Don’t scatter your images haphazardly. Think of the presentation of your blog post much like your living room. When you invite someone over, you clean it up and make it look neat, don’t you? (Your mom certainly hopes you do!) Keep your blog posts looking tidy by considering where and how you place your images.
When using images on your blog, be thoughtful. Center the image if you’re trying to emphasize a point, but to support one, think about placing the image within a paragraph and wrapping the text around the image. Wrapping text around an image sounds tricky, I know, but WordPress makes it super easy. When you add media to your blog post, you can select to align left or align right and the text will automatically wrap around your image. That’s it! Super easy.
Create a gallery.
Photo galleries seems a little weird and intimidating. For me, I’ve found the most appropriate time to use one is when I’m referring to several different people within a blog post, but if you have a series of photos from an event you would like to share, WordPress’ Gallery option could also come in handy then, too.
Below is a photo gallery example of our WebDevStudios (WDS) leaders. All I did was use WordPress’ Create Gallery option, then continued to Add to Gallery, and selected my amount of columns, based on the amount of photos on my gallery. Voila! I have a nifty photo gallery.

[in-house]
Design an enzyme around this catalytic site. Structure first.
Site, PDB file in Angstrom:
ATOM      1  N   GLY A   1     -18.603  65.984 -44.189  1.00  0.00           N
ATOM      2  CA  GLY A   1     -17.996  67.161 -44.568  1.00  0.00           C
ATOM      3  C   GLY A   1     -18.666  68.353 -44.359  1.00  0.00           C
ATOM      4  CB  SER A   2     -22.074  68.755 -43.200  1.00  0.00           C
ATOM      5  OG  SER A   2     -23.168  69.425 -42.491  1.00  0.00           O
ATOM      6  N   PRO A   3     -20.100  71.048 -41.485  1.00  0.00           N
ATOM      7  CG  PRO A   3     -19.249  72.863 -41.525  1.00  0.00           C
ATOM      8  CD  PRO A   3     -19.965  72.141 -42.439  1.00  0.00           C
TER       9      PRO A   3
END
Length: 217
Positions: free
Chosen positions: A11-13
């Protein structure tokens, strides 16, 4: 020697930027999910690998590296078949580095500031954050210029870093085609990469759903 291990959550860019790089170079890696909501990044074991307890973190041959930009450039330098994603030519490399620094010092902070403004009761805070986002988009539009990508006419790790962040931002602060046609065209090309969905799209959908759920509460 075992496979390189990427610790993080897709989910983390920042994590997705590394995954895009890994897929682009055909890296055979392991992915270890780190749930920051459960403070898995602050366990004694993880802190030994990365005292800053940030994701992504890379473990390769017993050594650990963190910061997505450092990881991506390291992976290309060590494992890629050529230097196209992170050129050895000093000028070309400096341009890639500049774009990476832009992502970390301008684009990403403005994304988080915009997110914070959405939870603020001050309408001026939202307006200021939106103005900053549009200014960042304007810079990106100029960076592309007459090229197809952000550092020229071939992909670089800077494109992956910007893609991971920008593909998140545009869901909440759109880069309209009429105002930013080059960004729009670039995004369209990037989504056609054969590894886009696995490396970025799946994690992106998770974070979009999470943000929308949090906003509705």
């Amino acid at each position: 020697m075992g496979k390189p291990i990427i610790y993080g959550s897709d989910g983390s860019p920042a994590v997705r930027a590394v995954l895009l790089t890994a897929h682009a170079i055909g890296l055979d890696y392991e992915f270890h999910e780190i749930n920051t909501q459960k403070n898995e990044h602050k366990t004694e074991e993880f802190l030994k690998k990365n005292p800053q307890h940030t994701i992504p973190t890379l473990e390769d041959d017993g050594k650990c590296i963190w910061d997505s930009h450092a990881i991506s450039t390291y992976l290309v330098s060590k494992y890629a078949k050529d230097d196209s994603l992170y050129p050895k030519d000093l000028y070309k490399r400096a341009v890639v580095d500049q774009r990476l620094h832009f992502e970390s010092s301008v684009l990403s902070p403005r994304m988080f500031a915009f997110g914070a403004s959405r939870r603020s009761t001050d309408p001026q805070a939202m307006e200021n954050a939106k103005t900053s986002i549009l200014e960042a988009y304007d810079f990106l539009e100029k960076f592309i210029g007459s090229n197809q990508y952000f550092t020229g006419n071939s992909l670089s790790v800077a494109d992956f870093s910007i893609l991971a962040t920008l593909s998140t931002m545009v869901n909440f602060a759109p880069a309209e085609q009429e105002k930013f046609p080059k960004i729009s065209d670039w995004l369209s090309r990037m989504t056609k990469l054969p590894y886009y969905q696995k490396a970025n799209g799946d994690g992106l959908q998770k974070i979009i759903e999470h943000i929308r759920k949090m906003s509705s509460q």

Let’s go back to that Gallery I just inserted into this blog post. Below each one, there is a caption that includes the name of the person and their title. Don’t just insert a person into a blog post without identifying who they are and what they do. You can’t assume the person reading your article will put two and two together and understand that when you mention Jim in your content, you’re referring to the guy in the photo. Identify the people in the photos as though you’re introducing them to your readers.
Keep your images accessible by using Alt Text.
Alternative Text (aka, Alt Text) is the description you write for each image you use in your blog post. This is not the same as the WordPress Caption. A caption identifies the image. Alt Text describes the purpose of the image. Moz breaks down Alt Text like this:
- It aids in web accessibility by providing your website visitors who use screen readers to access the web with information about that image. For example, the Alt Text I wrote for the image of the wall above literally says, “A photo image of a red brick wall and nothing else.” This lets the blog reader who is reading this blog by using a screen reader understand the purpose of that image.